So, that's kind of what we've been working on to finish up. The work of providing educational information and webinars never ends. And so we've got several in the pipeline, the education team, which includes Michelle Smith, who is the, who is the senior events director, and, um, Rachel Kuper, the learning specialist, and Sue Liden, who is transitioning into my position and I get together once a week and talk about “What are we gonna do next for our members?” So that's work, continues a pace, and Sue is well positioned to take
[00:06:42] Jenny Whittington: that on. Well, I just wanna commend you for all the good work on these projects and everything else really that you've done for URMIA over your employment years. Um, it's really been such a benefit to the whole URMIA membership to have you on board, Gary. So I just wanted to, to thank you on the podcast on behalf of the board and all the members and the rest of the staff that it's just been our pleasure to have you along and, and we do hope that you stay close by.
In, in your retirement. So why don't we switch to that? Okay. And talk about reflections on your career. What, what do you have there?
[00:07:20] Gary Langsdale: W Well, if, if I can't, I can't go on without talking about URMIA. URMIA has just been a wonderful experience. When I came to higher ed, I had already spent 25 or 30 years in risk management, mostly in the forest products industry and there you couldn't have a meeting with two or more risk manager without Antitrust council being present because the industry was concerned about the potential, not that the risk managers were going to move the market for pulp and logs, but that their pricing information discussed just, just like our URMIA members talk about how, you know, what are the insurance premium rates doing? Um, you weren't allowed to talk about that with other risk managers because of the potential for antitrust. So to be in, to come to higher ed and experience URMIA was such a game changer where everybody was willing and happy to give advice and talk about what's going on and compare problems and, and opportunities. And so this has just been a wonderful experience for me both as a risk manager and it's been just plain fun being the education manager who knew that, that people that earlier would pay me to answer our members' questions. So thank, thank you for, for that opportunity.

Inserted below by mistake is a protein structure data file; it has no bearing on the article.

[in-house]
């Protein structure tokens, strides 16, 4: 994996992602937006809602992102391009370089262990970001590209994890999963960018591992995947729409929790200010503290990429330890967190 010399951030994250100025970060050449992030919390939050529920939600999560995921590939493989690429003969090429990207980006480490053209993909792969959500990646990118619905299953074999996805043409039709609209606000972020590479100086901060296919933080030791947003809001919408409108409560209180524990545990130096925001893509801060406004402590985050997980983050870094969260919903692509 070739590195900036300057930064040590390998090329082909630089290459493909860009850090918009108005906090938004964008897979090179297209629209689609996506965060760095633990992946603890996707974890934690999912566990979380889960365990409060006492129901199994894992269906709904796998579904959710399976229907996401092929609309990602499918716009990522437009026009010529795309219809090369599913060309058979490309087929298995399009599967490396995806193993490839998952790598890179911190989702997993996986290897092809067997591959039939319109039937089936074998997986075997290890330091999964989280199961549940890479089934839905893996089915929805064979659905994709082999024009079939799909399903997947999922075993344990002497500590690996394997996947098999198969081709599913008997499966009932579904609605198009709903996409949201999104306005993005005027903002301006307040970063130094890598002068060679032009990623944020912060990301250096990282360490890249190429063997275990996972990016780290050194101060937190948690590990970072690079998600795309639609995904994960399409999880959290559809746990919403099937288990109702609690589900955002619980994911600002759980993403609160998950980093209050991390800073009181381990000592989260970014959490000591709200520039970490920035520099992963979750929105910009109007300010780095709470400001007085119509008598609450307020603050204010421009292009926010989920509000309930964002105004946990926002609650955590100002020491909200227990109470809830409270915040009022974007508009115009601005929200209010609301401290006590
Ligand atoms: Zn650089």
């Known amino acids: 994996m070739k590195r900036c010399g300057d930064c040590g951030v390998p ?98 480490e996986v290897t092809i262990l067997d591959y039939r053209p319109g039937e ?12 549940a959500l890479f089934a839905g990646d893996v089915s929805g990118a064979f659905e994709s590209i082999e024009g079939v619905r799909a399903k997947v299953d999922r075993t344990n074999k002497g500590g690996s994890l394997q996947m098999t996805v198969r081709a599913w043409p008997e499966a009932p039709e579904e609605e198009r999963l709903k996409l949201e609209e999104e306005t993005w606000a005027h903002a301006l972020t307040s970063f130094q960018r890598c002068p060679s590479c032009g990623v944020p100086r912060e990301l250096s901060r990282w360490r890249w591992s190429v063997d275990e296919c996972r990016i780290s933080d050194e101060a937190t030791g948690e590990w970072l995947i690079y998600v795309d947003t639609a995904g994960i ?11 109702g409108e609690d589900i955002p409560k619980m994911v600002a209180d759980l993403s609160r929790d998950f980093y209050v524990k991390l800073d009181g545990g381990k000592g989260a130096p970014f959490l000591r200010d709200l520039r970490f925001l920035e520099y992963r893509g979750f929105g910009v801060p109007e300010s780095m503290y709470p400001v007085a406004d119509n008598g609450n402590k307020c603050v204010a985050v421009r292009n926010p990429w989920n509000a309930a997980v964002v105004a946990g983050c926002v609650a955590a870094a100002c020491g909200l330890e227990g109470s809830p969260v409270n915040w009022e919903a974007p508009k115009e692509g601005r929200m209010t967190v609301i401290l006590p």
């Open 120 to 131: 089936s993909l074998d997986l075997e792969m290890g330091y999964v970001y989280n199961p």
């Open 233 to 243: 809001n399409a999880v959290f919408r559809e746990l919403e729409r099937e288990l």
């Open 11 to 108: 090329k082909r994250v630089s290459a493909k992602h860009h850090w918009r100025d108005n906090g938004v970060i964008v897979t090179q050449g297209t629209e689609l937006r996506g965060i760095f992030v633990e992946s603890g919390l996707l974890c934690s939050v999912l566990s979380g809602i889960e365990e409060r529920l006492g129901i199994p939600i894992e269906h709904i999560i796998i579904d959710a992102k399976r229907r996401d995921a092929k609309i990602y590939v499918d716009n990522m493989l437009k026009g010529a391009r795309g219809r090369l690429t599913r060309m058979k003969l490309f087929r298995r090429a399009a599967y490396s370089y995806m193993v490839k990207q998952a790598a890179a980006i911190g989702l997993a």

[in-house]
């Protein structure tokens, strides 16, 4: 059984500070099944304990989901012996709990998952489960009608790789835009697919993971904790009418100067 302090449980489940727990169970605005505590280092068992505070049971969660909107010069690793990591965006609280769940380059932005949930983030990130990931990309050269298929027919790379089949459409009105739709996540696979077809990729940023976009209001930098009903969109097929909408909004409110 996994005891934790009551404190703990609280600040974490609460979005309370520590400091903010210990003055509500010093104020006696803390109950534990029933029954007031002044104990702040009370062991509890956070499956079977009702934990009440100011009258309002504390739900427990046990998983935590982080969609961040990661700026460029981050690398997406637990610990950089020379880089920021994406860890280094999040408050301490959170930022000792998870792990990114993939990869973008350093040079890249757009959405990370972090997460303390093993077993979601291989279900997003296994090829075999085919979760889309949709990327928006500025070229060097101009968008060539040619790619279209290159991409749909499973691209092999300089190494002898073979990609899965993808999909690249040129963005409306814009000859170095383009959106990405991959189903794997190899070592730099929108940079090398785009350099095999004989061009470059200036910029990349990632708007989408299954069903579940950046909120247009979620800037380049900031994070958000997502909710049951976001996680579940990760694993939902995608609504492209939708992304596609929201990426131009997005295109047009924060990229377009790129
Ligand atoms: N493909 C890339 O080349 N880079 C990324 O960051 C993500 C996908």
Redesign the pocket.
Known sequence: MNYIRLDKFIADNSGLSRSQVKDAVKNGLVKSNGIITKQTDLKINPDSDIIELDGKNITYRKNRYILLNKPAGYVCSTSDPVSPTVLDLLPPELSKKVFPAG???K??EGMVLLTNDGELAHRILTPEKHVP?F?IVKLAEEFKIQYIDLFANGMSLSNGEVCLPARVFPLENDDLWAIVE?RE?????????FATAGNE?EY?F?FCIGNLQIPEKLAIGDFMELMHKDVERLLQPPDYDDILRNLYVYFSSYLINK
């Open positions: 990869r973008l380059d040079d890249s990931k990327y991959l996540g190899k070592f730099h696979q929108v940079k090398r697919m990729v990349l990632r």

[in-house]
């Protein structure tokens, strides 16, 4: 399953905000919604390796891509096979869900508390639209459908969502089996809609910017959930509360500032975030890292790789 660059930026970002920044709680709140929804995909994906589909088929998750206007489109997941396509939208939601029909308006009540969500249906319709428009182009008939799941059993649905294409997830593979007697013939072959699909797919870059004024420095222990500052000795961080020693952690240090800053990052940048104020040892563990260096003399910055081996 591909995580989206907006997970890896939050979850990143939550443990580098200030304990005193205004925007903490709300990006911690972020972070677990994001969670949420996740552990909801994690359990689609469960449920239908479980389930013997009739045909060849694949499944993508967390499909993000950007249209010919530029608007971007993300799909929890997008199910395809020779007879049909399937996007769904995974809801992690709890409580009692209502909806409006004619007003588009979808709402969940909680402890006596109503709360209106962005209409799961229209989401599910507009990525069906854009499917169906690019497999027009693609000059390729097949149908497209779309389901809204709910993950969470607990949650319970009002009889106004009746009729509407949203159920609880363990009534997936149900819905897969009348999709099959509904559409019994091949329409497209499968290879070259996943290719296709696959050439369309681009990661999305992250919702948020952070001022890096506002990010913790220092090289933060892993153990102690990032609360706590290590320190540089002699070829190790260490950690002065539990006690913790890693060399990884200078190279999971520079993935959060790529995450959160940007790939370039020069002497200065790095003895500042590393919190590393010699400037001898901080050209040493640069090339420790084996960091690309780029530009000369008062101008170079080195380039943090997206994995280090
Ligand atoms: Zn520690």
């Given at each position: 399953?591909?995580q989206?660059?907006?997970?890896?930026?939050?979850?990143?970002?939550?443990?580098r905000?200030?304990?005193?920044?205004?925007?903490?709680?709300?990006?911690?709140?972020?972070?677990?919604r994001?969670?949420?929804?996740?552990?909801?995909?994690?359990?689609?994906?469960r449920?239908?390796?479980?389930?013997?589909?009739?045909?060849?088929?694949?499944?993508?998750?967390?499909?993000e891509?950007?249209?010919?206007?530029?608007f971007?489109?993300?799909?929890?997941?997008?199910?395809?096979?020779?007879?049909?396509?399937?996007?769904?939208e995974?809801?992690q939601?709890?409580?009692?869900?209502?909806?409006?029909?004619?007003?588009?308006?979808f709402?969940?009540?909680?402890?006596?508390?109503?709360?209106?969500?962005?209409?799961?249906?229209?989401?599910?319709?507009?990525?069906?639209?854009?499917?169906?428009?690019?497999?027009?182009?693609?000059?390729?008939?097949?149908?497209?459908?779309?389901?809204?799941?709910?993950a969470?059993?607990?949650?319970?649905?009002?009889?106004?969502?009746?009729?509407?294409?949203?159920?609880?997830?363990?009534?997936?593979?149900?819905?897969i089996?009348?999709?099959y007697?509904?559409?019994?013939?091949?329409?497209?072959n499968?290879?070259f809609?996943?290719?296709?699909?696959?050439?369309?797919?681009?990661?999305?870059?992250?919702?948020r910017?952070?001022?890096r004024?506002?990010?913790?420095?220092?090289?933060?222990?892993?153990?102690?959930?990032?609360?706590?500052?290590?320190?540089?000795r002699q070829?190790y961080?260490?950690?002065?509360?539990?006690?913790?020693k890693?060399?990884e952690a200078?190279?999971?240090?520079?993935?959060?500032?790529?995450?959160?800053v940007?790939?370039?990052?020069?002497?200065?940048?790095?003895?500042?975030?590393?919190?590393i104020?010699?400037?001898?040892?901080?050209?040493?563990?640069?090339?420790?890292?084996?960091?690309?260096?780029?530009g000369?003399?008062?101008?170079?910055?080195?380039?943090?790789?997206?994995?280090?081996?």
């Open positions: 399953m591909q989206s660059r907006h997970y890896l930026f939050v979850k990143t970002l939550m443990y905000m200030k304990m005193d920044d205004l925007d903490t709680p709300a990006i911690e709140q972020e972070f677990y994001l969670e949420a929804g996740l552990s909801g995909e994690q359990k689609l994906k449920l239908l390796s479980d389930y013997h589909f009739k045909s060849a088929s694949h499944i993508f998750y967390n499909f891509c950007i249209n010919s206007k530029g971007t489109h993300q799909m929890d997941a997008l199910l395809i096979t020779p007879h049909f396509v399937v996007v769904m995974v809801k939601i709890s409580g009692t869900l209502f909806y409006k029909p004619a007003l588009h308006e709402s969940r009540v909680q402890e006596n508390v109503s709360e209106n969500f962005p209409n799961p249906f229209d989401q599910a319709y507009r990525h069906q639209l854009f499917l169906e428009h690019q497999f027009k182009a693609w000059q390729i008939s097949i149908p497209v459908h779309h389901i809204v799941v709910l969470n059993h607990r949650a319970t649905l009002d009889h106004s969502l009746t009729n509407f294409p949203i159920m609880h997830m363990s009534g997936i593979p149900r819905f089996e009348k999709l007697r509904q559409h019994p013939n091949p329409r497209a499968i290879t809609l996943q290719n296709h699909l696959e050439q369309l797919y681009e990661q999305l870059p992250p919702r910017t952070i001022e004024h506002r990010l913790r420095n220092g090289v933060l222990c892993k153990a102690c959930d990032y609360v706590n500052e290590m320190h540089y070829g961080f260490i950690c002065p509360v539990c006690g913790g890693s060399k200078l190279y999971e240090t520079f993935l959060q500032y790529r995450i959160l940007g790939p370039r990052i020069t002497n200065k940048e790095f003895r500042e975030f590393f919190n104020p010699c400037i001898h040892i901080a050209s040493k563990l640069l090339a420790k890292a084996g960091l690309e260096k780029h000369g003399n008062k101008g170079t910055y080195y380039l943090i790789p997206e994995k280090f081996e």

I think that over my career, boy, have things changed. And I don't mean because of the pandemic. I think that the profession has gone so dramatically more diverse, grown, more professional, the expectations are higher. The seat at the table is easier to get. The leaders recognize the value of a good risk manager.
So it's been fun to see that happen. I, I've joked with you, Jenny, about that picture that we have of the first URMIA meeting at that happened at Penn State was a bunch of fat bald white guys in the same, certain tie. They all had the same white shirt and black tie and, but now, goodness gracious, how much more diverse is our membership? And that's just a wonderful thing. I learn from people with different perspectives.